What You Need to Know About the U.S. Senate’s New Cybersecurity Bill.

President Obama and members of Congress have been vocal about cybersecurity threats facing the U.S. At the same time, despite rising fears and increasing numbers of attacks, lawmakers have taken few relevant steps to meet cyberthreats. Universities around the country are rolling out new and improved cybersecurity programs, and you can find out more about some of them over at this website. However, U.S. enemies may not wait until your cybersecurity master’s degree is finished to start launching new and dangerous attacks.

The U.S. Senate’s Commerce Committee, chaired by John Rockefeller (D-W.Va.) in cooperation with ranking member John Thune (R-S.D.), has finally released a cybersecurity bill draft. Some argue that it does too much while others say it doesn’t do enough. It’s important to become familiar with the bill and to understand how it will affect government agencies and businesses. After a review of the bill, you’ll see that the senate has three major areas left to address.



What the New Bill Includes

The Commerce Committee’s draft bill covers these major cybersecurity initiatives:

  • Voluntary information sharing between government and operators of critical national infrastructure. The bill would create a framework by which utility companies could become voluntarily compliant with standards put forth by the National Institute of Standards and Technology (NIST). It does not require mandatory compliance.
  • Training for new government cybersecurity personnel. The federal government would offer a “scholarship-for-service” program that would give tuition to students in exchange for government service.
  • Researching the effectiveness of effective cybersecurity education in America. The bill would fund a study of existing cybersecurity education programs as well as research into why the federal government is struggling to attract high-quality cybersecurity professionals.
  • Expansion of Office of Science and Technology Policy. The office would be given additional authority to formulate regulations regarding secure network design, third-party software testing, privacy protection and cloud security.
  • Public awareness. The bill funds an education program to teach Americans about cybersecurity. It also funds additional scholarships, competitions and internships that would allow the U.S. to build a new army of cyberwarriors.

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How the Bill Could Affect Public Agencies and Businesses

President Obama signed a cybersecurity executive order in February 2013 that created steps to establishing a framework between government and critical infrastructure operators. Critical infrastructure, as defined by the president includes both systems and assets that are so vital to the U.S. that their penetration could result in significant financial, national security, public safety or health care consequences.

While the president didn’t name specific entities, his language means that critical infrastructure may include telecommunications, utilities, banks and even Fortune 500 companies that have large effects on the U.S. stock market. For these entities, Obama tasked the head of Homeland Security to conduct a risk assessment of critical infrastructure to determine its top vulnerabilities to cyberattack.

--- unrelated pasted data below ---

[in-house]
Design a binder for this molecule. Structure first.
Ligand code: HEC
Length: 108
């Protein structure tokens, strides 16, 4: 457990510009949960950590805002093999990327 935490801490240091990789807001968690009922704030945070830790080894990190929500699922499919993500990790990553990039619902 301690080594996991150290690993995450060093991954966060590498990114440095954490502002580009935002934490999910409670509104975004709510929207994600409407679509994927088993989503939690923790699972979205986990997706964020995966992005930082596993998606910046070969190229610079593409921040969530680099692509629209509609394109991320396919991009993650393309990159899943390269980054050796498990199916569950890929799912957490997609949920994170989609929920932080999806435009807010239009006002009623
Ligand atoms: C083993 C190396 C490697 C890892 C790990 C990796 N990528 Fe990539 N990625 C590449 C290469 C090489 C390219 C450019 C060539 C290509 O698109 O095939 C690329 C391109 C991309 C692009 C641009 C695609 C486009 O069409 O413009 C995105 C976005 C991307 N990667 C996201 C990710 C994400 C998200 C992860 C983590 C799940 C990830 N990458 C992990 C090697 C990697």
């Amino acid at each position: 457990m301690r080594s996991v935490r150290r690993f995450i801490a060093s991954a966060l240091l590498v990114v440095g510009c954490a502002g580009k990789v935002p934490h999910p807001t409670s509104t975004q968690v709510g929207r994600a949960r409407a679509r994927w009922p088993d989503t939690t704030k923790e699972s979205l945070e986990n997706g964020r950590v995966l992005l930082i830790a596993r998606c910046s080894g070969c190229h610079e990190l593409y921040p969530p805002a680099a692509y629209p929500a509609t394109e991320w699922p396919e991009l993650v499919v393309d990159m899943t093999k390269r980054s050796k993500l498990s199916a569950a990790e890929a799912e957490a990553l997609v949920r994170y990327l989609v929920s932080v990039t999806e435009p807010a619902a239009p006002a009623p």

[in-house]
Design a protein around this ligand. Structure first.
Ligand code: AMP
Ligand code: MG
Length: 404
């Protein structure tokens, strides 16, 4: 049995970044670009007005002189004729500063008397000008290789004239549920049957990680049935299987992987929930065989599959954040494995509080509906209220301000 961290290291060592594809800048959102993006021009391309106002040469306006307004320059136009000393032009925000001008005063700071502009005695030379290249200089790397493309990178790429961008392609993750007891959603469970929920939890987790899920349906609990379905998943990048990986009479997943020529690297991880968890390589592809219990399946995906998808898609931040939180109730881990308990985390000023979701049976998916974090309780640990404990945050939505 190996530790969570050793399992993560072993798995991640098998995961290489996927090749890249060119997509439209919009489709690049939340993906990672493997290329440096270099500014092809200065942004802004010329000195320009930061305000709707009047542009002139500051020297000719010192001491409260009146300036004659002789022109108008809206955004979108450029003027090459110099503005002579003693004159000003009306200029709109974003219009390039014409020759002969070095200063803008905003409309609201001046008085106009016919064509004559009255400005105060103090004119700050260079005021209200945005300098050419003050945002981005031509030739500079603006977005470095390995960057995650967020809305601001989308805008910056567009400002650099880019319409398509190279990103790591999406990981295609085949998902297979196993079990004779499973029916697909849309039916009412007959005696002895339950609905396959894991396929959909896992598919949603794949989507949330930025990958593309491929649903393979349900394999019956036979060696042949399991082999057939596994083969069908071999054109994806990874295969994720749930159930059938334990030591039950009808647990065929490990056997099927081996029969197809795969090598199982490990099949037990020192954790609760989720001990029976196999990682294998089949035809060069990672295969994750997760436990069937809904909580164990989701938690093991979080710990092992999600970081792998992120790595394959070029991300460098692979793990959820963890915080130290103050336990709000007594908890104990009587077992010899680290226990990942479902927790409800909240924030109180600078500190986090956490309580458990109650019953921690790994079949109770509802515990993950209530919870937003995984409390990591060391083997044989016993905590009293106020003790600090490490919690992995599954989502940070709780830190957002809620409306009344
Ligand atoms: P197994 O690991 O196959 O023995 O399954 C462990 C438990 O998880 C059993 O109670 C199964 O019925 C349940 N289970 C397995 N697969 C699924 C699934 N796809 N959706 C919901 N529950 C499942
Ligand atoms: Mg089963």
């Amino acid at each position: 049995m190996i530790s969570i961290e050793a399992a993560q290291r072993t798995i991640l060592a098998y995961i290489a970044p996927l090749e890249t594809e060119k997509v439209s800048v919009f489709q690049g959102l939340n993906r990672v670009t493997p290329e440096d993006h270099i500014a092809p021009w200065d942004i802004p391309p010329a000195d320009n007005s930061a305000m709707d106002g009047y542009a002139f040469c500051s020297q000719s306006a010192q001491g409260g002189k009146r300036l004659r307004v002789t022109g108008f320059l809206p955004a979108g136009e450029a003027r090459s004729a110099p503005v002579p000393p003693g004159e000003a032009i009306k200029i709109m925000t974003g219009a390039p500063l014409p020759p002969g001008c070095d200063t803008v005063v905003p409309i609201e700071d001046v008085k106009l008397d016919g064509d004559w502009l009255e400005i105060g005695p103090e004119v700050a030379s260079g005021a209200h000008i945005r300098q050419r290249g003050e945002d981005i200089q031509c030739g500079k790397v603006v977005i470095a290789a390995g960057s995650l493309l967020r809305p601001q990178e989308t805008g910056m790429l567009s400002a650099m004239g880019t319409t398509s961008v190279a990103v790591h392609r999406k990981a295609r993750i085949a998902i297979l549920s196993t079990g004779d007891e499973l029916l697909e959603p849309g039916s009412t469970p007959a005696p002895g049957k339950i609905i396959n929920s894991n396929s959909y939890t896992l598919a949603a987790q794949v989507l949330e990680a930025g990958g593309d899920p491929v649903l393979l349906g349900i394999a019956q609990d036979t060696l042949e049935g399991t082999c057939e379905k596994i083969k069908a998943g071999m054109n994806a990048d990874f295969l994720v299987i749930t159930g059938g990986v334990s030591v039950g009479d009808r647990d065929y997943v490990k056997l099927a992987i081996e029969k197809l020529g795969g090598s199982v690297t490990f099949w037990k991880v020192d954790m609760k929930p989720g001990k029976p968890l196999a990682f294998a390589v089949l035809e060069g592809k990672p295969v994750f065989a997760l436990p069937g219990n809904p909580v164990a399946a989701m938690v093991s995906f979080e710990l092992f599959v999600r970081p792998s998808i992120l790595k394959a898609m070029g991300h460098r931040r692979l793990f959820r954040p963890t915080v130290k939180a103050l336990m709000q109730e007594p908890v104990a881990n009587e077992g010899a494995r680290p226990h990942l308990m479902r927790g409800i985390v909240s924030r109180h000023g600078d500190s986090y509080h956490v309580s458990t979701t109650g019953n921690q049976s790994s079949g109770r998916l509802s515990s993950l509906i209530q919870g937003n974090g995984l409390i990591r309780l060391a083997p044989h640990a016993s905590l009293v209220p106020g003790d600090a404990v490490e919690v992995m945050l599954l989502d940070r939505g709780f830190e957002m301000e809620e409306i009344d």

Both President Obama’s order and the new senate bill could give the government considerable insight into the top ways in which cyberattackers could cripple the United States. However, private companies would have to share data and network information with the government. In return, they could receive both classified and unclassified briefings from the government about potential cyberthreats.

What the Bill Doesn’t Cover

The bill leaves out three large points that could significantly increase cybersecurity. These include:

  1. Eliminating liability for companies that adopt NIST directives. Asking businesses to voluntarily invest in cybersecurity isn’t enough. If the government isn’t going to require compliance, then it should financially reward businesses for their efforts.
  2. Requiring businesses to disclose major data breaches and related information. When a business suffers a data breach, it often suffers a public relations setback. For this reason, businesses have too much incentive to not share information about their cybersecurity problems.
  3. Improving channels that allow businesses to share information about online threats. The bill helps critical infrastructure operators to share information with the government, but it does nothing to make information sharing between businesses any easier.

Conclusion

The Senate bill does address some critical cybersecurity issues; unfortunately, if the apocalyptic pronouncements about cybersecurity threats from Washington are true, then the bill doesn’t do enough to address this looming national security threat.

John Rockefeller image photo credit: SenRockefeller / Foter / CC BY

About the Author: Jeb Lewis is an IT security consultant for both public and private sector organizations. He has participated in numerous cybersecurity seminars and panel discussions in cities throughout the U.S.

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